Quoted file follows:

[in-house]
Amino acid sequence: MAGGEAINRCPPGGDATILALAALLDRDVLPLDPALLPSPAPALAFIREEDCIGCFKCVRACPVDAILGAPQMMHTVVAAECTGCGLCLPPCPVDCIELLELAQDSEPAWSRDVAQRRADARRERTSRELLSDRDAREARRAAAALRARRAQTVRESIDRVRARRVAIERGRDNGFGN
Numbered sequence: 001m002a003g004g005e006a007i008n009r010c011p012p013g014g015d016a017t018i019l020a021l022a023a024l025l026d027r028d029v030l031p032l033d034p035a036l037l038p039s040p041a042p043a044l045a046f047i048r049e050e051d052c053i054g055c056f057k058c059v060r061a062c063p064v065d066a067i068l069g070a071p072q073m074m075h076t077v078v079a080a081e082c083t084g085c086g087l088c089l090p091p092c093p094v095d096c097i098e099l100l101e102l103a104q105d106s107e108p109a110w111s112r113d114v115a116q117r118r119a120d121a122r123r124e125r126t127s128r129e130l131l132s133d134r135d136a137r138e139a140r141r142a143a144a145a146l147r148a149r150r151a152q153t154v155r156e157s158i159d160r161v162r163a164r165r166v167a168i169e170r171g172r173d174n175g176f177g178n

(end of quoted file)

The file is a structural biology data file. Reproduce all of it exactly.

[in-house]
Amino acid sequence: MAGGEAINRCPPGGDATILALAALLDRDVLPLDPALLPSPAPALAFIREEDCIGCFKCVRACPVDAILGAPQMMHTVVAAECTGCGLCLPPCPVDCIELLELAQDSEPAWSRDVAQRRADARRERTSRELLSDRDAREARRAAAALRARRAQTVRESIDRVRARRVAIERGRDNGFGN
Numbered sequence: 001m002a003g004g005e006a007i008n009r010c011p012p013g014g015d016a017t018i019l020a021l022a023a024l025l026d027r028d029v030l031p032l033d034p035a036l037l038p039s040p041a042p043a044l045a046f047i048r049e050e051d052c053i054g055c056f057k058c059v060r061a062c063p064v065d066a067i068l069g070a071p072q073m074m075h076t077v078v079a080a081e082c083t084g085c086g087l088c089l090p091p092c093p094v095d096c097i098e099l100l101e102l103a104q105d106s107e108p109a110w111s112r113d114v115a116q117r118r119a120d121a122r123r124e125r126t127s128r129e130l131l132s133d134r135d136a137r138e139a140r141r142a143a144a145a146l147r148a149r150r151a152q153t154v155r156e157s158i159d160r161v162r163a164r165r166v167a168i169e170r171g172r173d174n175g176f177g178n